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Archive Report: Allied Forces

Compiled from official National Archive and Service sources, contemporary press reports, personal logbooks, diaries and correspondence, reference books, other sources, and interviews.
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15 Squadron Crest
29/30.06.1942 No. 15 Squadron Stirling I N3757 LS-G Sq/Ldr. Richmond MiD. DFC

Operation: Bremen

Date: 29/30th June 1942 (Tuesday/Wednesday)

Unit: No. 15 Squadron

Type: Stirling I

Serial: N3757

Code: LS-G

Base: RAF Wyton, near St. Ives, Cambridgeshire

Location: Hartward, Germany

Pilot: Sq/Ldr. Ian Gordon Richmond DFC. MiD. 39898 RAF PoW No: 478 Camp: Stalag Luft Sagan (L3) (note)

Fl/Eng: Sgt. Basil Bernard Finn 568958 RAFVR PoW No: 24966 Camp: Stalag Lamsdorf (344)

Nav: P/O. Francis Edward Scott 123193 RAFVR PoW No: 479 Camp: Stalag Luft Sagan (L3)

Air/Bmr: Sgt. V.H. Rainbow 1266932 RAFVR PoW No: 24996 Camp: Stalag Lamsdorf (344)

W/Op/Air/Gnr: F/O. R.W. Smith 642180 RAFVR PoW No: 2362 Camp: Stalag Kopernikus (357)

Air/Gnr: Sgt. A. McLeod 1022755 RAFVR PoW No: 24939 Camp: Stalag Kopernikus (357)

Air/Gnr: Fl/Sgt. N.G. Potter 744931 RAFVR PoW No: 24968 Camp: Stalag Lamsdorf (344)

We understand that this Sirling was partially recovered in or around 1982 and that personal items were recovered belonging to Sq/Ldr. Richmond - the family would appreciate any further details of this?


Took off from RAF Wyton joining 252 other aircraft (107 Wellingtons, 64 Lancasters, 47 Stirlings, 34 Halifaxes). This was the first time that 4 engined bombers made up more than half of the force on a major raid.

48 houses were destroyed and 934 damaged. “Extensive damage” was caused to 5 important war industries including the Focke-Wulf factory and the A.G. Weser U-boat construction yard. Also damaged were the local gas works, a museum and a merchant navy college. Most of this damage was caused by fire. The casualties in Bremen are not mentioned.

Understood to have been hit by anti-aircraft fire crashing at Hartward in Germany.


Mention in Despatches Citation London Gazette 11.06.1942:

"For distinguished service. Served as OC 1501 BAT Flight RAF (Oxford) mid-1941-May 1942".

DFC Citation London Gazette 24.07.1941:

"This officer has served with his squadron since 1938 and for the past year has commanded a flight with conspicuous keenness and leadership. On the night of the 7th May, 1941, he dived through heavy and accurate flak to obtain a direct hit on the Gneisenau at Brest. He has, at all times, provided an example of efficiency, courage and devotion to duty".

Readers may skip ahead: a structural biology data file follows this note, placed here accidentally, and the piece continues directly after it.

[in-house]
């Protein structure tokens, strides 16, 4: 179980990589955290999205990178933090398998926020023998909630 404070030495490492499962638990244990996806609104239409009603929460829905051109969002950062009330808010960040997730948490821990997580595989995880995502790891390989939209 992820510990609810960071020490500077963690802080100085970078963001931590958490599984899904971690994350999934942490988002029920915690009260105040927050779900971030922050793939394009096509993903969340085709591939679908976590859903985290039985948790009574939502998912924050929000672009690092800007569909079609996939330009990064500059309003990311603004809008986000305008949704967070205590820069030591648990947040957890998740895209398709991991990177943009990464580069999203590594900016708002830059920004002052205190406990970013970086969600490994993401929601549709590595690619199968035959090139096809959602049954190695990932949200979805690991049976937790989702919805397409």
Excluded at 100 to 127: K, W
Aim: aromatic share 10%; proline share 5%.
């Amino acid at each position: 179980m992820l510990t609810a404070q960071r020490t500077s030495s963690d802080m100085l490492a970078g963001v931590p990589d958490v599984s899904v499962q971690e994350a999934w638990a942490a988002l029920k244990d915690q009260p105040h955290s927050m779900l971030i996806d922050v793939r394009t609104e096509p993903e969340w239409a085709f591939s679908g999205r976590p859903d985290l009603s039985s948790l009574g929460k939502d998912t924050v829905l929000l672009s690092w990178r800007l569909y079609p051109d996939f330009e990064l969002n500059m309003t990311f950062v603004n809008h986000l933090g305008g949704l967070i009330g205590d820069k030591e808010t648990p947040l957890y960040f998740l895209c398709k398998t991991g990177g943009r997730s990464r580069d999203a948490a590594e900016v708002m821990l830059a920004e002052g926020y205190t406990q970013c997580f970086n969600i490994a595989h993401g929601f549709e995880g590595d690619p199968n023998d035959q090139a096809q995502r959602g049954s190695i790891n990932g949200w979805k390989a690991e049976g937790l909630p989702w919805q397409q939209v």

Ian Gordon Richmond DFC. MiD. Sadly passed away on Tuesday 8th June 1982 age just 66.

Burial details:

None - all crew survived as Pow's.

Researched for Jenifer Everett who contacted Aircrew Remembered January 2018. Page dedicated to the relatives of this crew with thanks to sources as shown below.

KTY - 13.01.2018

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Sources used by us in compiling Archive Reports include: Bill Chorley - 'Bomber Command Losses Vols. 1-9, plus ongoing revisions', Dr. Theo E.W. Boiten and Mr. Roderick J. Mackenzie - 'Nightfighter War Diaries Vols. 1 and 2', Martin Middlebrook and Chris Everitt - 'Bomber Command War Diaries', Commonwealth War Graves Commission, Tom Kracker - Kracker Luftwaffe Archives, Michel Beckers, Major Fred Paradie (RCAF) and MWO François Dutil (RCAF) - Paradie Archive (on this site), Jean Schadskaje, Major Jack O'Connor USAF (Retd.), Robert Gretzyngier, Wojtek Matusiak, Waldemar Wójcik and Józef Zieliński - 'Ku Czci Połeglyçh Lotnikow 1939-1945', Archiwum - Polish Air Force Archive (on this site), Anna Krzystek, Tadeusz Krzystek - 'Polskie Siły Powietrzne w Wielkiej Brytanii', Franek Grabowski, Norman L.R. Franks 'Fighter Command Losses', Stan D. Bishop, John A. Hey MBE, Gerrie Franken and Maco Cillessen - Losses of the US 8th and 9th Air Forces, Vols 1-6, Dr. Theo E.W. Boiton - Nachtjagd Combat Archives, Vols 1-13. Aircrew Remembered Databases and our own archives. We are grateful for the support and encouragement of CWGC, UK Imperial War Museum, Australian War Memorial, Australian National Archives, New Zealand National Archives, UK National Archives and Fold3 and countless dedicated friends and researchers across the world.
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